Oral hygiene products haven’t made too many technological leaps since 1938 when the first nylon toothbrush was invented.
Since then several improvements were made to the head shape, bristle pattern and handle shape. However not much has changed in how we brushed our teeth until the first electric toothbrush hit the American market in 1960.
Electric toothbrushes took the effort out of brushing. You simply pressed the button and the head started oscillating, rotating or vibrating leaving your teeth sparkling clean. Continue reading
Everyone worries about bad breath from time to time, especially after eating garlic or drinking a cup of coffee.
Bad breath, also called halitosis can be caused by a number of factors:
There are some quick remedies that can freshen your breath temporarily, but Continue reading
Most people are now aware that smoking is bad for their health. It can cause many different medical problems and, in some cases, fatal diseases.
However, many people don’t realise the damage that smoking does to their mouth, gums and teeth.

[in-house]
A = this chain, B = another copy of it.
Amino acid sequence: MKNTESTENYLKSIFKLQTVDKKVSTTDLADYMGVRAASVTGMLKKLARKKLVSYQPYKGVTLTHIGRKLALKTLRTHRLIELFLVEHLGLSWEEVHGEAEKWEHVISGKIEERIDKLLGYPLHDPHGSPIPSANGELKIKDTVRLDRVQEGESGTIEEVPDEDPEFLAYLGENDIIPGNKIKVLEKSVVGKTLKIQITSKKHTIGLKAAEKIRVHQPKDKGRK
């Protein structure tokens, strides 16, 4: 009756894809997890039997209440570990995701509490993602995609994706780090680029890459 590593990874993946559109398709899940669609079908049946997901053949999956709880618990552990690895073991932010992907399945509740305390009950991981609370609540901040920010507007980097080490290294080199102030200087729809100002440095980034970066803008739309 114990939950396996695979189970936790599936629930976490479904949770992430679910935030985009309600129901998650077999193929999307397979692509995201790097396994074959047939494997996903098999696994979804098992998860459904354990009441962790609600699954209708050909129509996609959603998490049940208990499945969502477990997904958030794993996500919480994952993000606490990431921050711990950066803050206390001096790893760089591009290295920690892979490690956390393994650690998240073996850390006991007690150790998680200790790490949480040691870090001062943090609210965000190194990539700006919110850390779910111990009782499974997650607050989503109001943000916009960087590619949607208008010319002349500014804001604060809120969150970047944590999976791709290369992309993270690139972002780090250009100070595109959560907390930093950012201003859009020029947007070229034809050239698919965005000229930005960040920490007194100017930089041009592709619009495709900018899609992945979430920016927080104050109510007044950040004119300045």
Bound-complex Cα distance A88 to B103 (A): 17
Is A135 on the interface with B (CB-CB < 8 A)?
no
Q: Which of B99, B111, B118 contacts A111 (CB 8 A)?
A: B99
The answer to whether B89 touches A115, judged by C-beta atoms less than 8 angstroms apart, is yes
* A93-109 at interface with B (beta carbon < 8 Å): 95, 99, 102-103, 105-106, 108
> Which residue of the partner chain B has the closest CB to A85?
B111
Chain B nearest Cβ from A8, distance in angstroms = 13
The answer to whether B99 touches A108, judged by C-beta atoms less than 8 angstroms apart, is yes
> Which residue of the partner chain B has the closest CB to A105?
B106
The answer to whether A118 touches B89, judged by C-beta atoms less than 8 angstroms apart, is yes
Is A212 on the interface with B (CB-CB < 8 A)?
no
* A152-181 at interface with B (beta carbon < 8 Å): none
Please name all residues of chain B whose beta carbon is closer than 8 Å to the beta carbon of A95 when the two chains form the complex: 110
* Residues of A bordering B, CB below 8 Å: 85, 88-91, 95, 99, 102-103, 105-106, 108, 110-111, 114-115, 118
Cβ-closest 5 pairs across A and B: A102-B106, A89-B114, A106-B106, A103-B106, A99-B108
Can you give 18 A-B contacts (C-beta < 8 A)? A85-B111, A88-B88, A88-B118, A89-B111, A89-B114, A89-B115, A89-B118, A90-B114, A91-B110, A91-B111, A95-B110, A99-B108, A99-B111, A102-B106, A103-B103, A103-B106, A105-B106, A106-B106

Smoking can lead to tooth staining, gum disease, tooth loss, and in more severe cases mouth cancer. Continue reading
Bad breath (medical term : halitosis) tells us that something is out of balance. There are many underlying causes of bad breath, below are four most common.
Certain foods such as onions, garlic, scallions or chives may cause bad breath because they contain smelly sulphur compounds. Dairy, meat, and fish contain dense proteins which are used as a food source by the anaerobic, sulphur-producing bacteria, the common cause of bad breath in your mouth. Eating refined and processed sugars e.g. a dessert after a dense protein meal , or drinking coffee or juice can trigger this problem as they create acidic environment which is an ideal breeding ground for the bacteria . Continue reading
Dental health is about so much more than just the health of the mouth, teeth, and gums. Bad teeth full of untreated cavities, gums that bleed, and bad breath can have far deeper reaching consequences than just visual impact.
Long-term gum infection can eventually result in the loss of your teeth, but the consequences may not end there. Recent research suggests that there may be an association between oral infections — primarily gum infections — and more serious health problems: Continue reading